In this loop, for each key (returned by our iterator after calling it.next()), we can use the isAcceptable method to check if we can run accept on the channel associated to that key, the isReadable() method to check if we can read data from the channel associated to that key, the isConnectable() in case we can connect to a remote server and isWritable() that you should already know what case is for.

In the code fragment above I kept the accept code. It takes the actual channel from the key being tested (key.channel()) which is handy if, for instance, your server is listening in more than one port (you have more than one ServerSocket objects). Once we have the Channel we just need to call accept and register the new SocketChannel it returns in the selector (sel) just after setting it as non-blocking... otherwise the register method will fail.

The code for the isReadable block is actually the same we used in the last instalment, but also calling key.cancel() in case the connection is dropped by the client. That method will remove the key from the set so it won't be tested in future calls to select. It is equivalent to FD_CLR

The complete Java code

As reference, this is the complete Java code in case you missed some pieces in the step by step explanation:

import java.net.*;
import java.util.Set;
import java.util.Iterator;
import java.nio.channels.*;
import java.nio.ByteBuffer;

class TCPServerNIOSelector {
  public static final int port = 1234;

  public static void main (String[] args) {
      
    System.out.println ("NIO Server");

    try {
      ServerSocketChannel s;    // Socket Server
      Selector            sel;  // Selector
      
      // Create server socket and bind
      s = ServerSocketChannel.open();
      s.socket().bind(new InetSocketAddress(port));

      // Create selector and add server socket to accept connections
      sel = Selector.open ();
      s.configureBlocking (false);
      s.register (sel, SelectionKey.OP_ACCEPT);

      // Main loop
      while(true)
    {
      int n = sel.select (100);
      //int n = sel.selectNow (); // 100% ercent CPU!
      if (n == 0) continue;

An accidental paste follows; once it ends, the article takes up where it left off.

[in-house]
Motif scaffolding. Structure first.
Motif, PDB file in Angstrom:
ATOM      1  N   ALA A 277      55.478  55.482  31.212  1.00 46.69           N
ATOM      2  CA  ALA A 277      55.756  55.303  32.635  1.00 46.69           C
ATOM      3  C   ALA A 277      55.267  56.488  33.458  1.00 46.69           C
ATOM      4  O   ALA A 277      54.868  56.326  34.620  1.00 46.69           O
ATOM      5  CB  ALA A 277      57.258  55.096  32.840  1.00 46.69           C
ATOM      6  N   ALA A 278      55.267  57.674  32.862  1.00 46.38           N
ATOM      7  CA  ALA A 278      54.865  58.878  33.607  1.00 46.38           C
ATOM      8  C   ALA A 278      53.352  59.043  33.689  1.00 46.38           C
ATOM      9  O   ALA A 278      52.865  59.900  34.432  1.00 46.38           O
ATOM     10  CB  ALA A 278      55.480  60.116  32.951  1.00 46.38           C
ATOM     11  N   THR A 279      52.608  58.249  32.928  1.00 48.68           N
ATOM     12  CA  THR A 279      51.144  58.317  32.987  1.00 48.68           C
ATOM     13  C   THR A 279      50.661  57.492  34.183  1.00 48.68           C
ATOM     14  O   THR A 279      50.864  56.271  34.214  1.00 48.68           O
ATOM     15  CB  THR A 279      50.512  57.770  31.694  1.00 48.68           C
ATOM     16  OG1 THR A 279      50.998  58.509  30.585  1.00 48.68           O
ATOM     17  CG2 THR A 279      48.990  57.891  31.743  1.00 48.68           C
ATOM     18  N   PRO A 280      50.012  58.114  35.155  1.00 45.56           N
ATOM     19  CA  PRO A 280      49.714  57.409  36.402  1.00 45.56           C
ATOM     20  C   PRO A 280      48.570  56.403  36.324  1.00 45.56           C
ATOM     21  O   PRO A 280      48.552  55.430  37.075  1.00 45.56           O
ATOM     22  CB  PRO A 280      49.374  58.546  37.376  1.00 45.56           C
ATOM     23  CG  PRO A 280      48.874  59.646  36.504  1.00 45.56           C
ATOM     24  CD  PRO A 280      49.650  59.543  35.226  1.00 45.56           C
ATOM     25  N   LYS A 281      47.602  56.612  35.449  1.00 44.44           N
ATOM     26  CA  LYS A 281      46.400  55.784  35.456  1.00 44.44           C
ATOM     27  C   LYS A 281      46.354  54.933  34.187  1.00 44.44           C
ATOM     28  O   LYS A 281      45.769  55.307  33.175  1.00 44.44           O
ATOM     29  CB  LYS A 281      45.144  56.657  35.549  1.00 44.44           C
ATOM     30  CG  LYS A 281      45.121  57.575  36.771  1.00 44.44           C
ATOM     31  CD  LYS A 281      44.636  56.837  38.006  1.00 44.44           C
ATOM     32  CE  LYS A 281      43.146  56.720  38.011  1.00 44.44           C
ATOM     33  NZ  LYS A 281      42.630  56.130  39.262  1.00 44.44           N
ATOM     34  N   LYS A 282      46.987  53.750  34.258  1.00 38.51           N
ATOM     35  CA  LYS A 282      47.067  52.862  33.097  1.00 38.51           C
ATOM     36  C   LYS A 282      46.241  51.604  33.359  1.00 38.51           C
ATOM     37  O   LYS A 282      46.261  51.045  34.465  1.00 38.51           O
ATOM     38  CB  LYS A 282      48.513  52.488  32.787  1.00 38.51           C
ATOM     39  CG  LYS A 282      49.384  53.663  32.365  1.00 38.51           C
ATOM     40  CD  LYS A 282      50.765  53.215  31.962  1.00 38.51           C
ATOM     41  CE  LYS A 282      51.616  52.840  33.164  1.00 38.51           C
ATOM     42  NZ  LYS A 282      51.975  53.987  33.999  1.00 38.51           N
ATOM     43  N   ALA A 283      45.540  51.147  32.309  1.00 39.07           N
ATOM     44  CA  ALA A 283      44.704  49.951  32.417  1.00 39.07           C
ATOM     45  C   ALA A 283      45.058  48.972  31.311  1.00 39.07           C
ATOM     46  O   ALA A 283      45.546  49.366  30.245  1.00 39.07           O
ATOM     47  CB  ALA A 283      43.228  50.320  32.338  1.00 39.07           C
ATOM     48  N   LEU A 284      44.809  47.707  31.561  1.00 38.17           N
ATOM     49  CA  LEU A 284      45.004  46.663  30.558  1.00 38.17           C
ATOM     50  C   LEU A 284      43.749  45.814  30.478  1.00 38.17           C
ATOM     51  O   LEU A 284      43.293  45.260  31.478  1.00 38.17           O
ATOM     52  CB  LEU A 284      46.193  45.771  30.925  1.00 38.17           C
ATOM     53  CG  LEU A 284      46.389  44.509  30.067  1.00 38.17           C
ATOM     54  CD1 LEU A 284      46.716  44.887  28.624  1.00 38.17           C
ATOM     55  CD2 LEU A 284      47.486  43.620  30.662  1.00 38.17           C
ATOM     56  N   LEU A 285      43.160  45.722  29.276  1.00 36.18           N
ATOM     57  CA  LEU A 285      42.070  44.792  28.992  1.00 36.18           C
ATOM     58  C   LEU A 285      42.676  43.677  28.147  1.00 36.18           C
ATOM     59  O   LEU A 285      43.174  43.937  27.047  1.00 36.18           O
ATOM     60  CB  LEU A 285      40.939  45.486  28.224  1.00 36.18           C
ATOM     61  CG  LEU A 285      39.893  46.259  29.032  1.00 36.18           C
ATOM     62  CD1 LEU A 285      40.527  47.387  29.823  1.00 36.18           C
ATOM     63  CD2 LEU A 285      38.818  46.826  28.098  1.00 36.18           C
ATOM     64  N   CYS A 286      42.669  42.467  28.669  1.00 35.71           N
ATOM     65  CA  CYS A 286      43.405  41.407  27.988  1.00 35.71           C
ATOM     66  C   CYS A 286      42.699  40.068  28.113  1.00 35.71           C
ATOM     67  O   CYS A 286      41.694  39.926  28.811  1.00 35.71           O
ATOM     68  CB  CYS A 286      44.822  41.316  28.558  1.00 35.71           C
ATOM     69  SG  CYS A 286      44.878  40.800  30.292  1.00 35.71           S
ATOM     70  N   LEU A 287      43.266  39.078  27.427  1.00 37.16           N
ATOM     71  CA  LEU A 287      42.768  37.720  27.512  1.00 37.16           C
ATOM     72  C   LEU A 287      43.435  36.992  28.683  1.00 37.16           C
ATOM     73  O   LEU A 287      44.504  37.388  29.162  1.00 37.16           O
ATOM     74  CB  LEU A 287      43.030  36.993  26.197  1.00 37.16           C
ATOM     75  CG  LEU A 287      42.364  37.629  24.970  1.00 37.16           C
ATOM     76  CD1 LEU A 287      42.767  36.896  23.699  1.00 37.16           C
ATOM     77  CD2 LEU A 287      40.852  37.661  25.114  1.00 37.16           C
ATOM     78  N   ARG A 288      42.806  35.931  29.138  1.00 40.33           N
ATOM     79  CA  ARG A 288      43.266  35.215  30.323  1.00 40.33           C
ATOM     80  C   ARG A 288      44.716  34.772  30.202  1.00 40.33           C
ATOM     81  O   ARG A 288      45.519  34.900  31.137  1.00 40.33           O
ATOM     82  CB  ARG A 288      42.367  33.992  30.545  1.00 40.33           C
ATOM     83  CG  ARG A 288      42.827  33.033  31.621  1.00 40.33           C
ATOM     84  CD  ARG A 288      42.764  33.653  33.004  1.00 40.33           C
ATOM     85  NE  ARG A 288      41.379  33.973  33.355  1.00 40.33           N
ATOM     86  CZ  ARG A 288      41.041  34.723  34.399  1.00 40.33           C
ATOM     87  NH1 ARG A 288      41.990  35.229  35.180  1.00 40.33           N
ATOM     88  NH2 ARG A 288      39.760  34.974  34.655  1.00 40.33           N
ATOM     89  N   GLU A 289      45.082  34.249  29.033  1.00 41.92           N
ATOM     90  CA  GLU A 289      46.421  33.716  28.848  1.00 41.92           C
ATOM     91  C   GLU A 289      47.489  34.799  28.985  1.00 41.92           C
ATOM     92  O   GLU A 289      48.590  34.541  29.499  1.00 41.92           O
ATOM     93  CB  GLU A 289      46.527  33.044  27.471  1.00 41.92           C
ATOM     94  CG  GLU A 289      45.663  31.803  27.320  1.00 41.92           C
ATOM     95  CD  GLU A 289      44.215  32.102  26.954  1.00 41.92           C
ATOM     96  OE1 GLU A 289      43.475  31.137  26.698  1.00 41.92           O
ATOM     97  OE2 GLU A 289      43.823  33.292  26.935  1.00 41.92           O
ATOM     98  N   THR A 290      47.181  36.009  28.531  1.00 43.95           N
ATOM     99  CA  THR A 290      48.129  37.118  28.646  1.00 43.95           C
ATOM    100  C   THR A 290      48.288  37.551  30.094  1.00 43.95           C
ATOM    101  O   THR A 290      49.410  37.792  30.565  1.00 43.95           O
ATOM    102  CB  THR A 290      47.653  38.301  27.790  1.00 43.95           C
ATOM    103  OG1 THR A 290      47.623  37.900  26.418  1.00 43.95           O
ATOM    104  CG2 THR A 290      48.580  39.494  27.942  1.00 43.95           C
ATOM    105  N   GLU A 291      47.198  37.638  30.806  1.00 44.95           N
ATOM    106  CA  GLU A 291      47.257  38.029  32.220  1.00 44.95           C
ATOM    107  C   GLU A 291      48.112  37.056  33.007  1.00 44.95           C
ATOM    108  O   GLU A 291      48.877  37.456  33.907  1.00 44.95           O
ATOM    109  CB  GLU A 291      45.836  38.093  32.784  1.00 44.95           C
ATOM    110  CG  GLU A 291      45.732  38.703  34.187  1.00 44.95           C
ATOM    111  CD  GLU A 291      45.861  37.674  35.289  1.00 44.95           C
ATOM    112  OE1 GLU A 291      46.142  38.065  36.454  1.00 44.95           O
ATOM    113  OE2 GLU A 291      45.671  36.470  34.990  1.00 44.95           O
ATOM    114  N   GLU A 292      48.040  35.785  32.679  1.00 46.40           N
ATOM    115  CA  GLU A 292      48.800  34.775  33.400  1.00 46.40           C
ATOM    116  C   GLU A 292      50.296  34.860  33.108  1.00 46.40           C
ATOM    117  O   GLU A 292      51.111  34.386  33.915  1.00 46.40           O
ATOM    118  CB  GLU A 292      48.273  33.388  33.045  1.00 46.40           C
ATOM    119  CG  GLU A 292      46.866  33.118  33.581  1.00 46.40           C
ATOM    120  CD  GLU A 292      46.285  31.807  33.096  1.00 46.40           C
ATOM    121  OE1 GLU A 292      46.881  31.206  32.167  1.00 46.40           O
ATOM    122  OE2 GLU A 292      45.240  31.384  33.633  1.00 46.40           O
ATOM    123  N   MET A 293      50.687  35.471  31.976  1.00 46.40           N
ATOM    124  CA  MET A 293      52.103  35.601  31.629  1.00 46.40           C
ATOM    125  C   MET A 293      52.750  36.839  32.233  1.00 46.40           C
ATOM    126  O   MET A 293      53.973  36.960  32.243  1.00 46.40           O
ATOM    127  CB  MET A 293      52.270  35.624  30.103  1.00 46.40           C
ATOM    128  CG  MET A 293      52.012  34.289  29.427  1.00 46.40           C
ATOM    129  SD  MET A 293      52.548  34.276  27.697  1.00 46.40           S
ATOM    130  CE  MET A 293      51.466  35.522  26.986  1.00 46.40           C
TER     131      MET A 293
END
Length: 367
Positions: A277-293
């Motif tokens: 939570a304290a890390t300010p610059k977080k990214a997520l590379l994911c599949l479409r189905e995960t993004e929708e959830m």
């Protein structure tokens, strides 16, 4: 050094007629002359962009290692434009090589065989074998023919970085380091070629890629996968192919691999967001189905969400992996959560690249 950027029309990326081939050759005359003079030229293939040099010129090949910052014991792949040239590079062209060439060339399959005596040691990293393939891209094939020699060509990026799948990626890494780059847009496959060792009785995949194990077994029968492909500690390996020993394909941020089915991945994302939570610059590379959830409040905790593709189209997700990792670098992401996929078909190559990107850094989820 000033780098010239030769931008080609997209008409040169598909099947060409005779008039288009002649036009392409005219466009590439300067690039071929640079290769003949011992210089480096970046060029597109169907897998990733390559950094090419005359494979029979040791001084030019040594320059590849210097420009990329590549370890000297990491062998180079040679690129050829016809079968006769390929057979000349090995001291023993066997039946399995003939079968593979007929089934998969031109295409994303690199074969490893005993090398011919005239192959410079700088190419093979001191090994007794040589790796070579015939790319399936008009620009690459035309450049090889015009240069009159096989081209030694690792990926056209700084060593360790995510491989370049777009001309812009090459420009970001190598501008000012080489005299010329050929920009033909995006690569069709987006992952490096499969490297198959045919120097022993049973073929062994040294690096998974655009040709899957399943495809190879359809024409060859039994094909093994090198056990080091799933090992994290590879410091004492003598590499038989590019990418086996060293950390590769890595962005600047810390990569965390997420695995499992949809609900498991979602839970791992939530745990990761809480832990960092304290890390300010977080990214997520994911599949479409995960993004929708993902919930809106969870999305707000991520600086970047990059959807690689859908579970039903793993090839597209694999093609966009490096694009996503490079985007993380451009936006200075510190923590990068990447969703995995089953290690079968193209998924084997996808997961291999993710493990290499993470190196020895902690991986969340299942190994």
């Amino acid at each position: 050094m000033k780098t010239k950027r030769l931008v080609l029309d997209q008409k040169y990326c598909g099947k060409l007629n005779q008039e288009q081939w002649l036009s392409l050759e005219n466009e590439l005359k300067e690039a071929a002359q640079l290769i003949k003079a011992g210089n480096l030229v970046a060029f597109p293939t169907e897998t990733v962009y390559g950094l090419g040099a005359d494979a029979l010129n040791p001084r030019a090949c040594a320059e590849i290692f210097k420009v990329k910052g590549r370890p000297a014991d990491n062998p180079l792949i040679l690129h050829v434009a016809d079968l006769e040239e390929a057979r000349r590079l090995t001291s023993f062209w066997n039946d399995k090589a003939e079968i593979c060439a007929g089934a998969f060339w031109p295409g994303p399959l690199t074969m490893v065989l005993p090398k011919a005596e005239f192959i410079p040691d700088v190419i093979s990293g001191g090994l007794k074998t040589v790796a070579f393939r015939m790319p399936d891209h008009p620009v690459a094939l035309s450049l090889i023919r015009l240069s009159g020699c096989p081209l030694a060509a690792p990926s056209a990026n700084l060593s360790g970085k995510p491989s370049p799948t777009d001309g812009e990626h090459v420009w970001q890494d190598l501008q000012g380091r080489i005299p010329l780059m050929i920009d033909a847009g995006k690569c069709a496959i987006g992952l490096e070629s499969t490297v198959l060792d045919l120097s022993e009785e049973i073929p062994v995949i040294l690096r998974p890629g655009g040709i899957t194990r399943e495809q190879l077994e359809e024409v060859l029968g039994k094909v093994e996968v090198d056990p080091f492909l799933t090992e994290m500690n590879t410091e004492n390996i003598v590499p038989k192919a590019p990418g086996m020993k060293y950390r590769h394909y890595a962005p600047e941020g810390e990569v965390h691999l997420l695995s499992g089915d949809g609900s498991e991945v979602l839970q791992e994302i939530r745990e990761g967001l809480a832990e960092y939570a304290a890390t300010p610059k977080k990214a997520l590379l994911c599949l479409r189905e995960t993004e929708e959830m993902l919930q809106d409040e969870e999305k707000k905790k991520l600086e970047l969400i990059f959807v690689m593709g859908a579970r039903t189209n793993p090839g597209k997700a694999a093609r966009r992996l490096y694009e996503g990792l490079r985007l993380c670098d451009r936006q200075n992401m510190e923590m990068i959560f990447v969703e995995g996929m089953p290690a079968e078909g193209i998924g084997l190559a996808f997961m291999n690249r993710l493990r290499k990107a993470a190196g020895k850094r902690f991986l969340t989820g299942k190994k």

Set<SelectionKey> keys = sel.selectedKeys (); // Get Keys selected
      Iterator<SelectionKey> it = keys.iterator (); // Create an Iterator to go through them

      // Process Selection
      while (it.hasNext ()) // Navigate the keys using the iterator
        {
          SelectionKey key = it.next (); // Current Key
          if (key.isAcceptable ()) // It is a connection attempt to our server?
        {
          System.out.println ("! Connection accepted");
          
          ServerSocketChannel ss =(ServerSocketChannel) key.channel (); // Retrieve the chanel
          SocketChannel sc = ss.accept();
          // In order to add the new socket to the selector it has to be nonBlocking
          sc.configureBlocking (false);
          sc.register (sel, SelectionKey.OP_READ);
          System.out.println ("+ Connection from " + sc.getRemoteAddress());          
        }
          else if (key.isConnectable ()) // Not used.. Relevant for clients on non-blocking mode
        {
          System.out.println ("Connection established");
        }
          else if (key.isReadable ()) // Is there data to read?
        {
          SocketChannel sc =(SocketChannel) key.channel (); // Retrieve relevant channel
          ByteBuffer    buf = ByteBuffer.allocate (1024);   // Let's use NIO Buffers
          int           len = sc.read (buf);
          
          if (len <= 0)
            {
              System.out.println ("! Error Reading from " +  sc.getRemoteAddress());
              System.out.println ("+ Closing Connection");
              key.cancel (); // Remove chanel from selector
              sc.close ();   // Close connection
              break;
          }
          
          // Socket channel was writting in buffer. Now we gonna read from buffer
          buf.flip ();   
          
          // Convert message into string.
          byte[]    msg = new byte [len];
          buf.get(msg);
          String   desc = new String (msg);
          
          
          System.out.println ("RECV ("+len+" bytes) >> "+ desc.trim());
          if (len > 0) // Did we received something?
            {
              // Build response